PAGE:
3, Auburn Frederick ISACKE
4, Austin C HOLLANDS
5, William SHARPE
6, Arthur Albert FRISBY
7, Charles TAYLOR
8, Arthur SWINDELL
9, Robert SWINDELL
10, Edwin YOUNG
11, William YOUNG

The road was closed in 1966:

Bridge Road is to be closed down

Bridge Road, a cul-de-sac off Christchurch Road, Mitcham is to be closed. Merton Council have given planning permission to Frys Metal Foundries Ltd., for redevelopment which involves the closing of the road.

The road was originally the principle means of access to residential properties which have since been demolished. It now serves the factory premises only.

RIGHTS OF ACCESS

The council agreed to give permission provided the council’s right of adequate access to the public sewers were preserved.

Also provided that the owner of the factory should take over the responsibility for the street lamps and cables in the road, and also bear any costs incurred in closing the road.

Frys have also offered land near Bridge Road to the council free of charge for the proposed widening of Christchurch Road. The offer has been accepted.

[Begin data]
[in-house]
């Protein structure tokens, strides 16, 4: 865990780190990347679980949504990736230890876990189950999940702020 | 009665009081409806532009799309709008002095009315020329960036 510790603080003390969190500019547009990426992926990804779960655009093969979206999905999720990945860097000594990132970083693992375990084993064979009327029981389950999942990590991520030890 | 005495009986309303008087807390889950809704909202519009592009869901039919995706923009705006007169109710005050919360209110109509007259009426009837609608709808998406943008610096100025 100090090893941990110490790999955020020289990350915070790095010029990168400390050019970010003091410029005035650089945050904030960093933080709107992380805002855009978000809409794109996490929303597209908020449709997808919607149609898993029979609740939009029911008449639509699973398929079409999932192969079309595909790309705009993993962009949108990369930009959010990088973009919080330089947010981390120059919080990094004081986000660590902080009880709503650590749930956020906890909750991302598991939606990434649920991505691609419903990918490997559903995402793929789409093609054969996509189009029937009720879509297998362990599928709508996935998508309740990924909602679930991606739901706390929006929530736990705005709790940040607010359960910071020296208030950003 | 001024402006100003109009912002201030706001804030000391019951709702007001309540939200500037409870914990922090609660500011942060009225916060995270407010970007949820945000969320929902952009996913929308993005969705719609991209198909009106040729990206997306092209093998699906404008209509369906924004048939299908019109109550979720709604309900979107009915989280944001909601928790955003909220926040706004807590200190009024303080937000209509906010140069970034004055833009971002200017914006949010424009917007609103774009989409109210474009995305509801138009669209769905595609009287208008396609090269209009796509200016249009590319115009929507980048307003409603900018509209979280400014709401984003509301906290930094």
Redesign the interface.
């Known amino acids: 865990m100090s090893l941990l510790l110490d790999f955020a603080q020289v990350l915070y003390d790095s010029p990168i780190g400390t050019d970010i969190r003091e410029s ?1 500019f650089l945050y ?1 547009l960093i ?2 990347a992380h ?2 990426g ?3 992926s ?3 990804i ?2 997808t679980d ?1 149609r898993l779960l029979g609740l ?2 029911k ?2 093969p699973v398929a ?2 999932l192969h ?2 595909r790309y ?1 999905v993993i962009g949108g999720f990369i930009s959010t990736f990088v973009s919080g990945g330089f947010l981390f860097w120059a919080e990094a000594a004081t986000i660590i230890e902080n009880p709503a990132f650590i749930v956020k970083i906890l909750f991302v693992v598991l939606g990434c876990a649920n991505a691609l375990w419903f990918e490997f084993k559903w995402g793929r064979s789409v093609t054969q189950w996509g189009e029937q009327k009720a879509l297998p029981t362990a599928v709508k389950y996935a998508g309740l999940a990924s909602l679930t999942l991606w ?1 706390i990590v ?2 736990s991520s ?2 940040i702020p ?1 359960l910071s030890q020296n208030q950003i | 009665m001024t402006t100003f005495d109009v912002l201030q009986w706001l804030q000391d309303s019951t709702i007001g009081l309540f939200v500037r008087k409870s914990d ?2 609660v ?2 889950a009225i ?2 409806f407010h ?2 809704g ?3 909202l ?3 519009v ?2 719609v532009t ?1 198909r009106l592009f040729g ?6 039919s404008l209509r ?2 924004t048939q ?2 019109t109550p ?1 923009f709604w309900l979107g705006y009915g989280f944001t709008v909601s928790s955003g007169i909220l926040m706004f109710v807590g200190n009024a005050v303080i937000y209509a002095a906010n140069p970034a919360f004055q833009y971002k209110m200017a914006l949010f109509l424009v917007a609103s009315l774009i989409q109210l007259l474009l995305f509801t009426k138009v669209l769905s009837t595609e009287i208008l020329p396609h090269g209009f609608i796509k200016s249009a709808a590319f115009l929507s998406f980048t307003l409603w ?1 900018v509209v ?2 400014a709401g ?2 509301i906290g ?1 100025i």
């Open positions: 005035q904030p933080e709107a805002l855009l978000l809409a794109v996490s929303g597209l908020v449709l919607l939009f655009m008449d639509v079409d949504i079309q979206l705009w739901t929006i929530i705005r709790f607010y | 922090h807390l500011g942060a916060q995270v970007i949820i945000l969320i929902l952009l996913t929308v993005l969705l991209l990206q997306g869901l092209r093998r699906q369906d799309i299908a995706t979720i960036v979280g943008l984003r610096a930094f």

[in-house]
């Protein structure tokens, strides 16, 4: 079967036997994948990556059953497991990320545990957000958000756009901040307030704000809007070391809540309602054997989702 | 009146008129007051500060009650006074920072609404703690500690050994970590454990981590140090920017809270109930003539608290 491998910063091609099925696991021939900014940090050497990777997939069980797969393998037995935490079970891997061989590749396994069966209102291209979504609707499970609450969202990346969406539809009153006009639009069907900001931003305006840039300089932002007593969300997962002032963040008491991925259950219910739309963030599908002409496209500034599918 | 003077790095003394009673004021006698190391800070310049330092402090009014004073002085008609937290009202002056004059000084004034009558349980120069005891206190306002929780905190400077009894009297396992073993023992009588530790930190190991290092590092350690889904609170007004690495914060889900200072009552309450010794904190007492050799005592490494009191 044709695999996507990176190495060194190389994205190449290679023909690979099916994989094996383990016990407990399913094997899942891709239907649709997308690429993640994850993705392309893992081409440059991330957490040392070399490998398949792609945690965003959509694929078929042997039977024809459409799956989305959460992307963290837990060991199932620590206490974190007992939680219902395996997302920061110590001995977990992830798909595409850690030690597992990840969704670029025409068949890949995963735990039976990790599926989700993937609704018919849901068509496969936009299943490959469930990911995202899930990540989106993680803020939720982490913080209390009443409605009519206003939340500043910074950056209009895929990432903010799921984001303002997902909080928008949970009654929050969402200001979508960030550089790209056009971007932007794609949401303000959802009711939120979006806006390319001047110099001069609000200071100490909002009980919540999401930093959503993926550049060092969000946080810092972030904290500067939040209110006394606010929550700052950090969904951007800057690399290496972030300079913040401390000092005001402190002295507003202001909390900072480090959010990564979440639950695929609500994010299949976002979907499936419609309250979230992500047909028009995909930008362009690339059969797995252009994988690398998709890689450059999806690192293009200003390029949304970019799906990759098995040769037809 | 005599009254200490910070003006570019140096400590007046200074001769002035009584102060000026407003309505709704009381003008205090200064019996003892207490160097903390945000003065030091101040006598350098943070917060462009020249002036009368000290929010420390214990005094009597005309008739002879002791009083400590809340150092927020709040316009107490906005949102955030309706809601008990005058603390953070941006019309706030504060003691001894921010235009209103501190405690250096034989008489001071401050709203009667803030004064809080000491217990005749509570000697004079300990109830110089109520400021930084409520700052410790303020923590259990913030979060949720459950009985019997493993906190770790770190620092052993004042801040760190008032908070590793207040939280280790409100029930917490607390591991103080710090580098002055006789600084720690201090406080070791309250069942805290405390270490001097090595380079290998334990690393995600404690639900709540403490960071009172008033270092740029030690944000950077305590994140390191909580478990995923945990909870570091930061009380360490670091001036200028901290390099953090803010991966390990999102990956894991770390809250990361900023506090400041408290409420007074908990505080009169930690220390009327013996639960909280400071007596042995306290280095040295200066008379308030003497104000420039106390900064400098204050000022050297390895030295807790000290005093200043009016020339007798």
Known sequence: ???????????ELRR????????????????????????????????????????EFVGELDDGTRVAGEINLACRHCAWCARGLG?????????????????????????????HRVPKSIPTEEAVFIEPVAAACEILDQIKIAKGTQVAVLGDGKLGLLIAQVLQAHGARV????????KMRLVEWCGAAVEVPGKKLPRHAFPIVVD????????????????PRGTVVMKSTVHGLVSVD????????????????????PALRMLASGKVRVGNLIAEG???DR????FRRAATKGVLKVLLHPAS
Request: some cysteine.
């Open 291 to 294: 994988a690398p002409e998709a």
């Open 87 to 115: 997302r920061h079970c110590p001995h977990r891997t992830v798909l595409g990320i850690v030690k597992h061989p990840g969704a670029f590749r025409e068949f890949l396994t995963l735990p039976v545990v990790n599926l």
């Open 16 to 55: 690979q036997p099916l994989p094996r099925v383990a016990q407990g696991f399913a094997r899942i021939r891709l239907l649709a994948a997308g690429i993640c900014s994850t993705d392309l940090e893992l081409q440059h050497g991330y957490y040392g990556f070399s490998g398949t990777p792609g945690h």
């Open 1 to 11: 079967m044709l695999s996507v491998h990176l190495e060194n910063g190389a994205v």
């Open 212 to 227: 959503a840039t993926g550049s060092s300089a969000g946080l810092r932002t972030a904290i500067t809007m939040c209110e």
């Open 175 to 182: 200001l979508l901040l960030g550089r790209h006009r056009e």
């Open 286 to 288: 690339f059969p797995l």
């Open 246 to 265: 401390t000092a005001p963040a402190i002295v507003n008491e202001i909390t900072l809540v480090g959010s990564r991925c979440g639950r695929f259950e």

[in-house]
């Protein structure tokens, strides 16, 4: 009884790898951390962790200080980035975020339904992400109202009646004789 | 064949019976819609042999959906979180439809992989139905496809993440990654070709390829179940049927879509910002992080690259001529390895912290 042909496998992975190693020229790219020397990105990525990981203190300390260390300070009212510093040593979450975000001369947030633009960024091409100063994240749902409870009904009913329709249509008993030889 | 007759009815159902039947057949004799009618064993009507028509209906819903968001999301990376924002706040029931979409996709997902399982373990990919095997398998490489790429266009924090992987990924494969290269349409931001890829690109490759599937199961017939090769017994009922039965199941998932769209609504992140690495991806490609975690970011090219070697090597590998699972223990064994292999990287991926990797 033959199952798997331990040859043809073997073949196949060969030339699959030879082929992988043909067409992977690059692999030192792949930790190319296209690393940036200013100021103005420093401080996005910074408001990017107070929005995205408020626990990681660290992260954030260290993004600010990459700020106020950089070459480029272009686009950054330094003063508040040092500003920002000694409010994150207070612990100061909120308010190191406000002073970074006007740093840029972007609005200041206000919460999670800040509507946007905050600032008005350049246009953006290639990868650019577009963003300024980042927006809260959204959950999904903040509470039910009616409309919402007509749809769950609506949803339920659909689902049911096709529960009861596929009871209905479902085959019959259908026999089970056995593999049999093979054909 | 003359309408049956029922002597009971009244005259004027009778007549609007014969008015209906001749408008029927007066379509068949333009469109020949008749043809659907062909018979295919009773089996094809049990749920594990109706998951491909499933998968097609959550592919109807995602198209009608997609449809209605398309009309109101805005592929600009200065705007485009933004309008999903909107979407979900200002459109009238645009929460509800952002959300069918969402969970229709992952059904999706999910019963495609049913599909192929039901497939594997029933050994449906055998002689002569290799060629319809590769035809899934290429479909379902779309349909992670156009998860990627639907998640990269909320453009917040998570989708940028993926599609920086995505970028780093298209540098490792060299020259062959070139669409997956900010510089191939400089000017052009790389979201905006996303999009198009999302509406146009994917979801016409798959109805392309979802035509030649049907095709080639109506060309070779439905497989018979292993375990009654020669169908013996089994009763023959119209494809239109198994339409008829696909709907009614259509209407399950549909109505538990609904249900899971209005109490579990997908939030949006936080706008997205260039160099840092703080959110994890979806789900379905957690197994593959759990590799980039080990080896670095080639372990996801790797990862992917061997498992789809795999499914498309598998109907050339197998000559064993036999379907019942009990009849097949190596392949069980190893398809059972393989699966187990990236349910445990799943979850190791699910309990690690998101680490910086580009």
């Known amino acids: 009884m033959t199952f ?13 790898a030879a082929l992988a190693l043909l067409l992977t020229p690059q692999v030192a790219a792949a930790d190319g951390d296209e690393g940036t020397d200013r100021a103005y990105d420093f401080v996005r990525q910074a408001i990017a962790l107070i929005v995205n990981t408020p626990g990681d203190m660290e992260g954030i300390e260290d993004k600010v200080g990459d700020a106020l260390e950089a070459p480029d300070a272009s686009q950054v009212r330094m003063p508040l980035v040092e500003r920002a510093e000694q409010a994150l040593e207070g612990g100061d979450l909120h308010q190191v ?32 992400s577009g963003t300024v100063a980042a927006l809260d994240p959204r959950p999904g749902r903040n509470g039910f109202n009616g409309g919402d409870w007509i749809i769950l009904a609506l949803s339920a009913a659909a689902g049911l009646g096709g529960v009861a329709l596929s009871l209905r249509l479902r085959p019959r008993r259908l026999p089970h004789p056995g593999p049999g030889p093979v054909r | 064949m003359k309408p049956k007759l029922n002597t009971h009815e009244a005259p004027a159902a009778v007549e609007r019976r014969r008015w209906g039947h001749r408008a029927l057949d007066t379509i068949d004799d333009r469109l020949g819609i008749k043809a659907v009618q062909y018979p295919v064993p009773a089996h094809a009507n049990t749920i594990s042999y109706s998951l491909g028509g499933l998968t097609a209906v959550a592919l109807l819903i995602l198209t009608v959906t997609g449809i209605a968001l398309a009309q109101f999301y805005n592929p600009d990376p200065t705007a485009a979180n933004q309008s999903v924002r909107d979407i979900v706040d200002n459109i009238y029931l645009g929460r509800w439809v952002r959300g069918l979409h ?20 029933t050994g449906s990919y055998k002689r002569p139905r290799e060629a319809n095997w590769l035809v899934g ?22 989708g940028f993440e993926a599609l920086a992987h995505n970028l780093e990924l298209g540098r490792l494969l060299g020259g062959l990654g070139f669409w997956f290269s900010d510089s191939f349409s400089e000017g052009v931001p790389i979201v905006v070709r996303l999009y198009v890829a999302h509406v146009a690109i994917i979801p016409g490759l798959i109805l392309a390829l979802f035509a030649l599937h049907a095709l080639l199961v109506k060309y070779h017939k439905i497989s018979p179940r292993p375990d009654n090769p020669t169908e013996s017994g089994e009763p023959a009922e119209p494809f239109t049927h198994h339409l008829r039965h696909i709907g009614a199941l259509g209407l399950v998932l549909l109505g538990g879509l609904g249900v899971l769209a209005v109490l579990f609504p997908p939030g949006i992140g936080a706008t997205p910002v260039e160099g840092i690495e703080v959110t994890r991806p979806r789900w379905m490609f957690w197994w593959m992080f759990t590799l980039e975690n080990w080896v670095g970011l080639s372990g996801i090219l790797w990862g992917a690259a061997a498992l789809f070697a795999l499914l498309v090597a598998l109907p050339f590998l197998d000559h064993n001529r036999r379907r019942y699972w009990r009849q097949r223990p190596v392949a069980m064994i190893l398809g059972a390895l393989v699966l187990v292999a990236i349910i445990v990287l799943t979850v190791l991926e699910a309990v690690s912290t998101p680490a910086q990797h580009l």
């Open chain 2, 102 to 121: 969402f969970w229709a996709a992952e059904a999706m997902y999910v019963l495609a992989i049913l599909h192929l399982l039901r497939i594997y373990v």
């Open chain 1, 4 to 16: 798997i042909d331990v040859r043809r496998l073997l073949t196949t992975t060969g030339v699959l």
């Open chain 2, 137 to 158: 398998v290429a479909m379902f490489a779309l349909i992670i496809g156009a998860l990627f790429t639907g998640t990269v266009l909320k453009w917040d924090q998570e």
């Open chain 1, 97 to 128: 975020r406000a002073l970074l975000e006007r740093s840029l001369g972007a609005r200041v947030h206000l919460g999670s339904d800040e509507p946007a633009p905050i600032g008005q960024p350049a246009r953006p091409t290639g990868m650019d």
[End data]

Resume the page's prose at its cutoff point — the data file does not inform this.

Source: Mitcham News & Mercury, 13th May, 1966, page 1.

Occupants in 1939

1, Leonard Douglas and Elizabeth HAYNES
2, Mary Jane and Rosa FISK
3, William Charles and Alice Louisa and Christopher ADAMS
4, James and Maude BURLING
5, Robert and Gertrude MARSHALL
6, Alfred and Mabel Frances FORD
7, Robert and Doris May TAYLOR; Edith Mahala FRISWELL
8, James Alfred and Sarah Ellen DURLING
9, Henry William and Rose Florence and Florance DALTON
10, Ernest John and Flora BURLING
11, Charles Walter and Susan FRANCIS


Maps are reproduced with the permission of the National Library of Scotland.